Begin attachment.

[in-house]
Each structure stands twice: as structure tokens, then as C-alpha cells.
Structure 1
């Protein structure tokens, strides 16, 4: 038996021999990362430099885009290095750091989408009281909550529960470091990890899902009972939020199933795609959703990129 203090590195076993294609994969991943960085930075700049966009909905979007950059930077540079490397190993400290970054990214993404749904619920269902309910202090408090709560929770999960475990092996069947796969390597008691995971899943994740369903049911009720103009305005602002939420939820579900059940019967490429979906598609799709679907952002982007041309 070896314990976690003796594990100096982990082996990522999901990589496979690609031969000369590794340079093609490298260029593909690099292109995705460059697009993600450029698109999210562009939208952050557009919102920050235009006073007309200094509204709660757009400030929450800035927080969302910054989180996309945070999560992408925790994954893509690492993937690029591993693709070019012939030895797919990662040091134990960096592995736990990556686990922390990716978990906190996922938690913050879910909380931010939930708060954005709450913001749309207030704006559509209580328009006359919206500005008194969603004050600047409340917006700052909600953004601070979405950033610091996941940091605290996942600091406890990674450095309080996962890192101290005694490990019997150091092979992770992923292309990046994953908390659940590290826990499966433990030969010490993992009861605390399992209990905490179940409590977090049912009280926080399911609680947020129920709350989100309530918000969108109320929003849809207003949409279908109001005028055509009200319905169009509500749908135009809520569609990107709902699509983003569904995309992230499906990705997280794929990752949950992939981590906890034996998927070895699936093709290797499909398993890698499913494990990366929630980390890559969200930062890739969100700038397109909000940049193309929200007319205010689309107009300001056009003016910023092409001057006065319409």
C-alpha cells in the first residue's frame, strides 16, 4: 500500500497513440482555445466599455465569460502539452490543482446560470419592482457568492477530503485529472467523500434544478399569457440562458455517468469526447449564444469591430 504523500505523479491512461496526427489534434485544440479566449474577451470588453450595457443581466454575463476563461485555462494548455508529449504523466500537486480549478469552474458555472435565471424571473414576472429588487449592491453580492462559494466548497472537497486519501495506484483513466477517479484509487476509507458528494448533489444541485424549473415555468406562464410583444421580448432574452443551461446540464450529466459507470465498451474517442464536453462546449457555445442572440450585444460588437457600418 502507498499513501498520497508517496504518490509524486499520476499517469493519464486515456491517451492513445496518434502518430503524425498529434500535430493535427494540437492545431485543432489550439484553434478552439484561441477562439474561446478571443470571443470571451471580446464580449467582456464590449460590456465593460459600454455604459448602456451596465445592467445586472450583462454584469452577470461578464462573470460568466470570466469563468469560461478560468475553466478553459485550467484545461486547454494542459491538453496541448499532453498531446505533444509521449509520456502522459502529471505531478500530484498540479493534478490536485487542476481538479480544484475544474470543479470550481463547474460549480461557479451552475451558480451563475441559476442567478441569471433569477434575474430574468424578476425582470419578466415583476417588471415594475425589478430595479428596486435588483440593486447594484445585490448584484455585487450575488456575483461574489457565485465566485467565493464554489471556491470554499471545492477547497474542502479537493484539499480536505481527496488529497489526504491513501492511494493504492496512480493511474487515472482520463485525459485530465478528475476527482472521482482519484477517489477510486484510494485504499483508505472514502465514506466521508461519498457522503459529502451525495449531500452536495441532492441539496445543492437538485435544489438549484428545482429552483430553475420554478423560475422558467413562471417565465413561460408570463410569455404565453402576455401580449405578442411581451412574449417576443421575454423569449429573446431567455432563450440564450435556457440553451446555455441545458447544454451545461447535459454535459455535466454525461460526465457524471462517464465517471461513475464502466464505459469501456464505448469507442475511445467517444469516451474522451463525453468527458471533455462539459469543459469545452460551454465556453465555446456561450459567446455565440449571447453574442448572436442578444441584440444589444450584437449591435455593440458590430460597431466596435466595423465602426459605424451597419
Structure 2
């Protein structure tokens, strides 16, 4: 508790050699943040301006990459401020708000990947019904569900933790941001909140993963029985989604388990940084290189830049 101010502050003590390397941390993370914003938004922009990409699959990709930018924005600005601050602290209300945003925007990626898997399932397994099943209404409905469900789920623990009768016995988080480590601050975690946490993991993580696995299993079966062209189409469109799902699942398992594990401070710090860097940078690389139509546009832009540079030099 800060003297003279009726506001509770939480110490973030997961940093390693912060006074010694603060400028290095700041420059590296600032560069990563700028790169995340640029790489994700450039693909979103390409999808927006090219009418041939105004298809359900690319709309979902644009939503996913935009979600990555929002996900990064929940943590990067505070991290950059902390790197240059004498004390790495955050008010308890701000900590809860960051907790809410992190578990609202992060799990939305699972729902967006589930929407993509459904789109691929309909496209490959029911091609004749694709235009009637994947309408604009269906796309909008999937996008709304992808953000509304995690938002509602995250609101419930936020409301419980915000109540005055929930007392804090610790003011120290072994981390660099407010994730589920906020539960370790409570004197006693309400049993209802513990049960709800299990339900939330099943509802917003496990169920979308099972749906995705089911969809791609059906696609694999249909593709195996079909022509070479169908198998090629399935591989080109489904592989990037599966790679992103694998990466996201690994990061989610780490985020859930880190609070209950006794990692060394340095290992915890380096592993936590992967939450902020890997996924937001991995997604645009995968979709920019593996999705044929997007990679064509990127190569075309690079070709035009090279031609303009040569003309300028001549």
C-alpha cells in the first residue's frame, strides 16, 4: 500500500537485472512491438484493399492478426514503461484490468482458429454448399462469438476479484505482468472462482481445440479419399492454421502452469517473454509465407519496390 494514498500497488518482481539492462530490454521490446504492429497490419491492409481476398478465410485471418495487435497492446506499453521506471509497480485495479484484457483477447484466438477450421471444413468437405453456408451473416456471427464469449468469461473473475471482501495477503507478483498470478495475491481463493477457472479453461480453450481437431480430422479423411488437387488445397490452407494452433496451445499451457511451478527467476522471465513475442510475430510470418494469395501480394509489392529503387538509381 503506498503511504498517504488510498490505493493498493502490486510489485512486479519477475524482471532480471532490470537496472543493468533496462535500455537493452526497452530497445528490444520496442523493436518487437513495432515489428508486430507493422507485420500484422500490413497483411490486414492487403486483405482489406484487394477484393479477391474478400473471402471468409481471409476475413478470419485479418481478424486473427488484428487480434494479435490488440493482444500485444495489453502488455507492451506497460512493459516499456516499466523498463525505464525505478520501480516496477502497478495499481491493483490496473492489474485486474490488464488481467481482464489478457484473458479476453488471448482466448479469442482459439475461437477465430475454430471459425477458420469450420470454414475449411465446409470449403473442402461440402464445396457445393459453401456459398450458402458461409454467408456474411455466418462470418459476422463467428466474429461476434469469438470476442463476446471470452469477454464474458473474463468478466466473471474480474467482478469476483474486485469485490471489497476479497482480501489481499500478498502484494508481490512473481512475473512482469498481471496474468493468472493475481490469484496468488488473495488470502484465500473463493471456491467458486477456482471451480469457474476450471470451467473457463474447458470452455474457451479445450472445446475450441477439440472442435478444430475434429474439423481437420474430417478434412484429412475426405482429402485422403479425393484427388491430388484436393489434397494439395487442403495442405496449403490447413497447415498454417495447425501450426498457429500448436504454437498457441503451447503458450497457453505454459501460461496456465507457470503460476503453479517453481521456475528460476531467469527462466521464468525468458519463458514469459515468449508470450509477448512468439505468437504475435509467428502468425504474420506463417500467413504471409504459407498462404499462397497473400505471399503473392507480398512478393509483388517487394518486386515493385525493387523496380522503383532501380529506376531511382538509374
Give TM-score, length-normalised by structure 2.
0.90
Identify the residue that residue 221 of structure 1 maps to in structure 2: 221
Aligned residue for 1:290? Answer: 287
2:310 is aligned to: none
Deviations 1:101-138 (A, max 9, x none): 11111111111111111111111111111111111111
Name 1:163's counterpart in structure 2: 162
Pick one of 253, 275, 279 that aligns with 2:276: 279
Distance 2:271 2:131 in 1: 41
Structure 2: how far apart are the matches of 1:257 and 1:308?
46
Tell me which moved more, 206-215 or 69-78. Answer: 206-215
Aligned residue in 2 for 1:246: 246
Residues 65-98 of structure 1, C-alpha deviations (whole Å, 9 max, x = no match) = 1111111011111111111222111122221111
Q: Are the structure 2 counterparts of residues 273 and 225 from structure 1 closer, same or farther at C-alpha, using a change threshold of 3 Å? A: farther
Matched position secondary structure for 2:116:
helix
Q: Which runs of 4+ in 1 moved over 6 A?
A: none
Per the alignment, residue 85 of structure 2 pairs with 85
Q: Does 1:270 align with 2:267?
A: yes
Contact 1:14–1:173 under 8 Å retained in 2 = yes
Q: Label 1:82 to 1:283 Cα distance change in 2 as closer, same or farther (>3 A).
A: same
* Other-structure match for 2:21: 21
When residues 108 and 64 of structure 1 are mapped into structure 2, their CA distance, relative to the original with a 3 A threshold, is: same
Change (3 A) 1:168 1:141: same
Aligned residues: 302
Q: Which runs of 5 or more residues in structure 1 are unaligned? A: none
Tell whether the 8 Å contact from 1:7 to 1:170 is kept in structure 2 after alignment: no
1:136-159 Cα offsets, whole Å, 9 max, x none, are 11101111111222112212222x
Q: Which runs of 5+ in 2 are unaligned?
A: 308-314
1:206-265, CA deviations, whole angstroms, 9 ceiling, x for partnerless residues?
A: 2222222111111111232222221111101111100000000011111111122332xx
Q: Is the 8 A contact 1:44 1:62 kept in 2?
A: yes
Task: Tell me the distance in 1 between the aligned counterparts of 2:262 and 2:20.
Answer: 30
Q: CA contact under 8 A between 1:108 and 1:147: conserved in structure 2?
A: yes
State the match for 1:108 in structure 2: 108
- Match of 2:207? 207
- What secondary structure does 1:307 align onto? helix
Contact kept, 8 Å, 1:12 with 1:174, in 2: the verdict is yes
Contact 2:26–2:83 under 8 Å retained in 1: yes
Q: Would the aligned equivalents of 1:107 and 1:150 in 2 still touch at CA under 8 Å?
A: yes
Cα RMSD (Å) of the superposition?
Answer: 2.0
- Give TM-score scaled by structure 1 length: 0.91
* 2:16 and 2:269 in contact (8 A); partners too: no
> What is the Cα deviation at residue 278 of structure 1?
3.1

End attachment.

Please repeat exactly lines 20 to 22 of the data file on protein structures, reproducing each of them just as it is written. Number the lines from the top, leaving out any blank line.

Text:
Tell me which moved more, 206-215 or 69-78. Answer: 206-215
Aligned residue in 2 for 1:246: 246
Residues 65-98 of structure 1, C-alpha deviations (whole Å, 9 max, x = no match) = 1111111011111111111222111122221111